She is a Lagos-born lawyer and Special Assistant, Legal and Multilaterals to the FCT Minister. In this interview with Anayochukwu Agbo, general editor; Chinenye Eseke, reporter and Adewale Adelola, senior photographer, Bimbola Salu-Hundeyin, discusses the legal and policy aspects of the land swap initiative in Abuja
As the SA Legal and Multilaterals to the FCT Minister, what exactly does your job entail?
It is legal and multilateral. So I have two caps that I wear. The legal is that I give legal opinions to the Minister on a lot of matters, particularly land matters because as you are aware in the FCT we have more of land matters especially in court. Ninety per cent of our litigation matters are land-related. I also give opinion on diplomatic matters. That is the multilateral aspect. For example, when some embassies write to us through the ministry of foreign affairs that they have given us land in their country free of charge and they expect the principle of reciprocity in diplomatic world to apply. In such a situation, I would take the necessary step to confirm; if it is so and so we can also treat them the same way they have treated us.
Thirdly, he is also the governor of the FCT because the constitution says the FCT is a state and is like a state. So he wears three caps and the global practice in the diplomatic world is when diplomats come into countries, they usually stay oftentimes in the capital cities and they should pay courtesy visits on the governor. So he has to receive them to assure them of their welfare and when they have problems of land or legal issues they would come in and then due to our relationship with them and the work the Minister has been doing we have been largely appreciated by most of the embassies.
On the land swap policy what was your legal opinion to the Minister?
I would first of all like to explain what land swap means in simple terms. It simply means land for infrastructure swap model. When we hear of that all it means is ‘Mr A’, who is a private person says I have got money, I have got expertise, I have got engineers, I have got architects, I have got estate surveyors, I have got marketers and I want to invest in Abuja. I need the profit but I cannot afford to buy the land because my financial resources will be depleted by the time I pay so much for land. And you know on our side we have a problem of infrastructure deficit, we have housing deficit, and budgetary allocations have never been enough. There is no state that can survive only on budgetary allocation; especially the Federal Capital Territory that is growing in leaps and bounds. By the calculation of the founders of the FCT by this year we were supposed to only have just about maybe a million people but I tell you we have about five million or six million. People come in from other states everybody believes Abuja is where you can make money and all that so we are now burdened with infrastructure deficit and we do not have enough money as a state to carry it out on our own.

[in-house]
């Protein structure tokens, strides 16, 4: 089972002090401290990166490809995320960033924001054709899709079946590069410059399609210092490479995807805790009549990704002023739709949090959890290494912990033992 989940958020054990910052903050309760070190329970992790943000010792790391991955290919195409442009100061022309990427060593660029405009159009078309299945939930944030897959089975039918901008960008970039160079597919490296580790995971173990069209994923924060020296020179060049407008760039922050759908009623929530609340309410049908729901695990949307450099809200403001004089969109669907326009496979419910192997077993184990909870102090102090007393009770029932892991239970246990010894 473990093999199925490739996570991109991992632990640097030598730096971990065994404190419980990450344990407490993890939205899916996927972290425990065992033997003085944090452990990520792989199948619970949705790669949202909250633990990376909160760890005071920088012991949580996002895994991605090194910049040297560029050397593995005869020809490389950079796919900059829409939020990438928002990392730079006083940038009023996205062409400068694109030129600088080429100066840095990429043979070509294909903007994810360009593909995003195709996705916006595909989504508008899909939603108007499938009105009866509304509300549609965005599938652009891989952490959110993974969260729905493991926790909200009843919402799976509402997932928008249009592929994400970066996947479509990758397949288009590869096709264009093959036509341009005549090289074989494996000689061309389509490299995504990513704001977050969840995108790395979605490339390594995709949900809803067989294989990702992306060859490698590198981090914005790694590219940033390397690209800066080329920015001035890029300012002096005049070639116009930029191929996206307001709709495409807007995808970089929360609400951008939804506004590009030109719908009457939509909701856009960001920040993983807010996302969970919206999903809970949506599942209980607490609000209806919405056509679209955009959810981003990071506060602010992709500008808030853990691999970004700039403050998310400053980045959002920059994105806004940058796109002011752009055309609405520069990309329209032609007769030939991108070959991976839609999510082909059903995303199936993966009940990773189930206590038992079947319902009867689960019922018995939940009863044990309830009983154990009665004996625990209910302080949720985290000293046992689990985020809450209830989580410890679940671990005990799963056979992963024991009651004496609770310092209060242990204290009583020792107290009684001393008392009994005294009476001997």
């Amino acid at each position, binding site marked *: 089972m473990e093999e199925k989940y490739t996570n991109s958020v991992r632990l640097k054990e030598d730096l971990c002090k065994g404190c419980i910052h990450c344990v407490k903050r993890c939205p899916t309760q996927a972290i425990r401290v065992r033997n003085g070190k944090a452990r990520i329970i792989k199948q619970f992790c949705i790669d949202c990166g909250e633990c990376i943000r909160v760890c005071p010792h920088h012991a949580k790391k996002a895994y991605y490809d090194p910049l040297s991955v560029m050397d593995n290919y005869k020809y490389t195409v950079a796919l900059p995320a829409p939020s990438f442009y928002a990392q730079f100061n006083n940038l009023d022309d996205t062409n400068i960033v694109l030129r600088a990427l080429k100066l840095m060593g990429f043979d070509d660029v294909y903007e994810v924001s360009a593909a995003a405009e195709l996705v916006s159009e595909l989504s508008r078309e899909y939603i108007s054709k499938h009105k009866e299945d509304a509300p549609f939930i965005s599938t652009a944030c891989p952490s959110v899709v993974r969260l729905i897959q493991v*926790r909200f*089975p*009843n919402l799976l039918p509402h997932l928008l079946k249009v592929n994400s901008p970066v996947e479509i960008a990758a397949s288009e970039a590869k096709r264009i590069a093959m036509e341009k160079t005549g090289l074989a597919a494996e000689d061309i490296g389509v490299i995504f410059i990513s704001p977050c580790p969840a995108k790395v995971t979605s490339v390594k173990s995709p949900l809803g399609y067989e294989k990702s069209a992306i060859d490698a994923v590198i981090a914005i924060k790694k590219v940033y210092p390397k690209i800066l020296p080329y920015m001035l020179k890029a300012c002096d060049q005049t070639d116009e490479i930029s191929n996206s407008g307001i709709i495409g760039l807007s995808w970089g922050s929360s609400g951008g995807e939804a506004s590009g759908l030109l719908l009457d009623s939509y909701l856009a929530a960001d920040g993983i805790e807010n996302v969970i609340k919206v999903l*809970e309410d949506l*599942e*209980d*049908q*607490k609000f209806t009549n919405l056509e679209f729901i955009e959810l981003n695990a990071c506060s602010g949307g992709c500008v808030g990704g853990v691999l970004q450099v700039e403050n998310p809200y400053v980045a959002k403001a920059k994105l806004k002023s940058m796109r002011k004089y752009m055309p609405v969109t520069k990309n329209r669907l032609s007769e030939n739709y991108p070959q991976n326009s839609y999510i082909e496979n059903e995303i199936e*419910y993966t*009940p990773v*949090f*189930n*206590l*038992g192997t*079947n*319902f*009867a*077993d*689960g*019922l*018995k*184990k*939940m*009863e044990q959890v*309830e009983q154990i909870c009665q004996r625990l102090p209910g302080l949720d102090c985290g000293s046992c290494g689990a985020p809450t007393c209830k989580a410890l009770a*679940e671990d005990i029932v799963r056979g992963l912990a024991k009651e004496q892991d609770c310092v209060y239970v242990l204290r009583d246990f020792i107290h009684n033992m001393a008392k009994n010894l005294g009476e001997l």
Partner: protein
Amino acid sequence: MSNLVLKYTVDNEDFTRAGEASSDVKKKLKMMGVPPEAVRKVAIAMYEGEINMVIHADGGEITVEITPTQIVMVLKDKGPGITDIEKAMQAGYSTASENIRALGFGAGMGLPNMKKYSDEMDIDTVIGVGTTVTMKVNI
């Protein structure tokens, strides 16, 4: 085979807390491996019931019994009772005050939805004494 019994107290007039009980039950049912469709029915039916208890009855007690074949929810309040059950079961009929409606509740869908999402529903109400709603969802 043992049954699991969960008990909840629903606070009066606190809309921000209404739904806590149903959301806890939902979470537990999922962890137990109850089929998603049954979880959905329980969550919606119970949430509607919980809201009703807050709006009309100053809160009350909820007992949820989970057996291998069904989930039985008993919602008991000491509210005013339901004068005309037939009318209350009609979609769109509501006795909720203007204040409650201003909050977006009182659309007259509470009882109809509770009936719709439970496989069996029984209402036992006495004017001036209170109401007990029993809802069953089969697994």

This is where the minister’s ingenuity comes in. Land swap shows the Minister’s ingenuity. Because he wants to transform Abuja in accordance to Mr. President’s transformation agenda we had to think of a transformational policy that could help and that is how the land swap came in. We had to let the Minister know first of all the legal framework because if it does not stand on proper legal framework investors would be scared to bring in their money.
Jobs are being created and I must let you know that this has also attracted foreign direct investment, FDI. The beauty of the FDI is that all the FDIs that we have on ground have Nigerian partners. It is not like total strangers coming into our land to take benefit. So we have Nigerians benefitting. And because of the nature of land swap you will need artisans, there is skills acquisition, so it is a win-win; everybody wins. People make money, people have been changed, employments are being generated, the economy is improving and the transformation agenda is on course.